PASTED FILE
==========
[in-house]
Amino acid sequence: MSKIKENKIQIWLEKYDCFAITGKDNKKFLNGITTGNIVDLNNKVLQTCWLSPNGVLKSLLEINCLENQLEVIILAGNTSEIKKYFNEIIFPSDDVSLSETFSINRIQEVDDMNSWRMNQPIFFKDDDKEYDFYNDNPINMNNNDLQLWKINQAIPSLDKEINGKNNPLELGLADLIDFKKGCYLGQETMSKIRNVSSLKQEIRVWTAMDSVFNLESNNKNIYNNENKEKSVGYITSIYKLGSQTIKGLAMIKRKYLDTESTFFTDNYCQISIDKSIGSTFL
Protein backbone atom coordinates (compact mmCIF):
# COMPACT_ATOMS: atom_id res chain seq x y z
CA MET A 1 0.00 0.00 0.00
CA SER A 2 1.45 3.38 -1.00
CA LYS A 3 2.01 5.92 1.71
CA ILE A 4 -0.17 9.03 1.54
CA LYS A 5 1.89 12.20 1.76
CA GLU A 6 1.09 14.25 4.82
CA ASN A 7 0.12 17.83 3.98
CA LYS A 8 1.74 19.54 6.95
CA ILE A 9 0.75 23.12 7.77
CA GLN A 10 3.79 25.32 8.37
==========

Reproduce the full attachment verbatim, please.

[in-house]
Amino acid sequence: MSKIKENKIQIWLEKYDCFAITGKDNKKFLNGITTGNIVDLNNKVLQTCWLSPNGVLKSLLEINCLENQLEVIILAGNTSEIKKYFNEIIFPSDDVSLSETFSINRIQEVDDMNSWRMNQPIFFKDDDKEYDFYNDNPINMNNNDLQLWKINQAIPSLDKEINGKNNPLELGLADLIDFKKGCYLGQETMSKIRNVSSLKQEIRVWTAMDSVFNLESNNKNIYNNENKEKSVGYITSIYKLGSQTIKGLAMIKRKYLDTESTFFTDNYCQISIDKSIGSTFL
Protein backbone atom coordinates (compact mmCIF):
# COMPACT_ATOMS: atom_id res chain seq x y z
CA MET A 1 0.00 0.00 0.00
CA SER A 2 1.45 3.38 -1.00
CA LYS A 3 2.01 5.92 1.71
CA ILE A 4 -0.17 9.03 1.54
CA LYS A 5 1.89 12.20 1.76
CA GLU A 6 1.09 14.25 4.82
CA ASN A 7 0.12 17.83 3.98
CA LYS A 8 1.74 19.54 6.95
CA ILE A 9 0.75 23.12 7.77
CA GLN A 10 3.79 25.32 8.37